Losing A Dog Can Be Harder Than Losing A Loved One And Many People Don’t Get It

I was around four years old when I had my first clear memory. I was playing in the living room with a doll, trying to comb her hair. The family dog, a Poodle named Brandy, was sectioned off in his playpen watching me, calmly. 


Brandy was almost 16 years old and had lost most of his bowel control. My mom kept him happy and content in his little area. He didn’t live much longer. I don’t remember him passing away but I do remember that I liked him being around me and that, of course, made me sad. Even at that young age and without much interaction, having a dog around brought me comfort.

Fast forward to when I grew up and got engaged, my fiance and I got a dog named Cayenne. A white Boxer that had the sweetest disposition. She was my first real dog because she was my responsibility. I fed her, bathed her, took her to vet appointments. I trained her too. My fiance traveled a lot for work and she was my sole companion many nights. She was my rock. My protector. We then got married, had kids, became legitimate “grown ups.”


Through each memory we made as a family, Cayenne was there with us. She took to my kids like they were her siblings, gently chasing my eldest son as he learned to walk, then run. She lied nice and still while my younger son, our artist, discovered that she made a great canvas with her shiny white coat. The poor dog always had a doodle drawn up her side.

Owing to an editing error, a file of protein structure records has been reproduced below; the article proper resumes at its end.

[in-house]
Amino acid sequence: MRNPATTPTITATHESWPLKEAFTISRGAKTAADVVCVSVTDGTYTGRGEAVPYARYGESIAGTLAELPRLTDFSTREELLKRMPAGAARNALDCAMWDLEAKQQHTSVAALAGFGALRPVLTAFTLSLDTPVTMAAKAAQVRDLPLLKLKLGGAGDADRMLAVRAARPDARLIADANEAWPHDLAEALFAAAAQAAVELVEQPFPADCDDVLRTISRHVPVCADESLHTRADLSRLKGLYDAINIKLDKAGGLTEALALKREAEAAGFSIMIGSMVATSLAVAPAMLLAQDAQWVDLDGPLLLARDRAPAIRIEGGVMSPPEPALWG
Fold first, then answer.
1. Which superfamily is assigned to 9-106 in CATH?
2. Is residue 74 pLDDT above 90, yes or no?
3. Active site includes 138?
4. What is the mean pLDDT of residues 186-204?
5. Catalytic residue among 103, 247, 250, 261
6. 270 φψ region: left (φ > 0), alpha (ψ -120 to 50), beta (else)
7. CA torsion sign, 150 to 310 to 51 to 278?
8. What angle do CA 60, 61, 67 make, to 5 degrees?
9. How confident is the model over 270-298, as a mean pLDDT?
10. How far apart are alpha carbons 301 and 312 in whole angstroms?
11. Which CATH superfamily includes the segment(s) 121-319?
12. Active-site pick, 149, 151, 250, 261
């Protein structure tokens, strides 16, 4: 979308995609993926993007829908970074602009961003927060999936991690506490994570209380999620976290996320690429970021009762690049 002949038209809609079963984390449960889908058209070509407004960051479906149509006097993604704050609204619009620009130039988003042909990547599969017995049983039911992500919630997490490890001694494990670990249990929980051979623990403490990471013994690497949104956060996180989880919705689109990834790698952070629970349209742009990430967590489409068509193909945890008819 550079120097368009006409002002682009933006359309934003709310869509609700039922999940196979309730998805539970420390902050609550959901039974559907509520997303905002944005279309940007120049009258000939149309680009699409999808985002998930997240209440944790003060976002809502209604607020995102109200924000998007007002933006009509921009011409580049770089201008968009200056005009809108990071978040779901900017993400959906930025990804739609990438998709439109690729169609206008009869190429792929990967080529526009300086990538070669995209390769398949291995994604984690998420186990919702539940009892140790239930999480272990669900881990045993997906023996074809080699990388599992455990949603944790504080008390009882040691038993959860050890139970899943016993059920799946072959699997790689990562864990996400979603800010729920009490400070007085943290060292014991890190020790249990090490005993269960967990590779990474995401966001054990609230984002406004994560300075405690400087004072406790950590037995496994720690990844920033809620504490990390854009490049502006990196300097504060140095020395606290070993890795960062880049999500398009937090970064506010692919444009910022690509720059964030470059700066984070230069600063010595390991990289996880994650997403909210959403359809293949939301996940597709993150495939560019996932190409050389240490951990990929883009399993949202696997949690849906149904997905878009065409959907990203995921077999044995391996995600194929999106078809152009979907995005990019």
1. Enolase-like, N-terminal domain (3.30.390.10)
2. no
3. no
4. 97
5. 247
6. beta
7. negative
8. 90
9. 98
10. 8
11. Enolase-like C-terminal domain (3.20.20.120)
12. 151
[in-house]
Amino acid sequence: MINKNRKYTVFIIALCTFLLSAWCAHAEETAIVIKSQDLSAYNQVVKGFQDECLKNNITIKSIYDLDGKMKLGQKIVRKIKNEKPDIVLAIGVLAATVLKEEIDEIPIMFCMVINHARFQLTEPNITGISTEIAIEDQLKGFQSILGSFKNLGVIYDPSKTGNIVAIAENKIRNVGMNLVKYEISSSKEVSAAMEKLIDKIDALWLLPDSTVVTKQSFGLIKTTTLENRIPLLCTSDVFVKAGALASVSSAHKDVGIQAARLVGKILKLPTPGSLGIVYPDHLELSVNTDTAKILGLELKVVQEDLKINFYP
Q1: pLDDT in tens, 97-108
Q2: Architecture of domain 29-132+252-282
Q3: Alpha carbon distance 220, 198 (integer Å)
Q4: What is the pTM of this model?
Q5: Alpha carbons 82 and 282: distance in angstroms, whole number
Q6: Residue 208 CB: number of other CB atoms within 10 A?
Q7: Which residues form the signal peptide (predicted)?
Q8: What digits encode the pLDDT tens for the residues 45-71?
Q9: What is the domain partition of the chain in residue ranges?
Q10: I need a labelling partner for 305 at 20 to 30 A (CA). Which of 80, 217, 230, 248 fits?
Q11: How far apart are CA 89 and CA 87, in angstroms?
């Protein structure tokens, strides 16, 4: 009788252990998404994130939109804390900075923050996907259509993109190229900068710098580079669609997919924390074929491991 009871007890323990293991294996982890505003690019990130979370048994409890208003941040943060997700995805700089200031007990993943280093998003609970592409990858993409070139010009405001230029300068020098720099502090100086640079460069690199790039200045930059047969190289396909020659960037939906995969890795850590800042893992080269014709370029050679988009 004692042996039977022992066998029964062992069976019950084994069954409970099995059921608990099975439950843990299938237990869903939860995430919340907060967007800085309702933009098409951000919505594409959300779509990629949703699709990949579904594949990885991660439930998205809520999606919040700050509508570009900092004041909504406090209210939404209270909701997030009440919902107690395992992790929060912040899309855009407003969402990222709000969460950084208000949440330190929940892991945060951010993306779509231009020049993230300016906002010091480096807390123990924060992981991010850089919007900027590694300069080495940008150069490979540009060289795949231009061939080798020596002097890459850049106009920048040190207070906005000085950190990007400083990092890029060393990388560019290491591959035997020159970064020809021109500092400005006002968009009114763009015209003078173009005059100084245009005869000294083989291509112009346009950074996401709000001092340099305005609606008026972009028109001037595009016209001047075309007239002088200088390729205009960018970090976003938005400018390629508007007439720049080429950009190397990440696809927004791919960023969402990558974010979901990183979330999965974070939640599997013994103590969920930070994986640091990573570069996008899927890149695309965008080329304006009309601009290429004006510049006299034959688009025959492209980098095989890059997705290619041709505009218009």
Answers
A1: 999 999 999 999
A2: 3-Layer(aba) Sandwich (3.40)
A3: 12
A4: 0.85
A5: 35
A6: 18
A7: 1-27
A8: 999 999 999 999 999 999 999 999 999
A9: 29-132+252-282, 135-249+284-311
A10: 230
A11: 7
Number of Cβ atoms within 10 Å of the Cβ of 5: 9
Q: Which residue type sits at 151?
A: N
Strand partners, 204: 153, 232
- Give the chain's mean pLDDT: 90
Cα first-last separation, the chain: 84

As my boys grew up and discovered bigger toys like the trampoline and jungle gym, Cayenne was always right in the mix. If she couldn’t be totally involved, she was guarding the boys closely.

Sadly, a week before Cayenne’s 10th birthday, her breathing became erratic. We rushed her to the vet and he said her heart was enlarged. We were referred to a specialist and while driving her there, she began slipping away. I was in the back of the truck with her as my husband drove. I knew she was leaving us. I couldn’t control myself. I screamed, wept, prayed. She passed away only 2 miles from our vet’s office.

I’m not sure what happened next. I was in a haze. A fog. A cloud of grief had swept upon me and I went into a deep depression. I couldn’t eat, I couldn’t leave my bed. I couldn’t carry a conversation. I couldn’t even care for my kids. Cayenne’s death felt like the end of the world I had grown to love and depend on. That world was no longer there. It had changed. Shifted. Morphed into a world without my dog in it. A world I wanted no part of!

Family members and friends called, emailed. They were, of course, sorry for my loss but I could sense judgment. Like they wanted to say “get over it already,” but of course didn’t (not out loud anyway). And I wanted to scream at them for judging me! Didn’t they understand she was like my child? How could they not see that? It was a bad few months. Real bad.

Maybe there are some people out there that lose a dog and grieve for a short time and then get on with life. Maybe that’s their normal. But I know my normal wasn’t that. My normal was going through a whole grieving process that took a very long time. I still grieve and it’s nearly 7 years later. I had to shut part of myself down permanently and put it away on a shelf with Cayenne’s pictures and cremated ashes and just accept that I will keep going, but that part of me will always want her back. That part of me will always ache.

I write this after the loss of friends and some family members and I can’t help but feel a deeper hole from losing her. And I don’t feel a bit guilty about that. Losing my dog was one of the greatest losses in my life– but I will never regret the time we had together.


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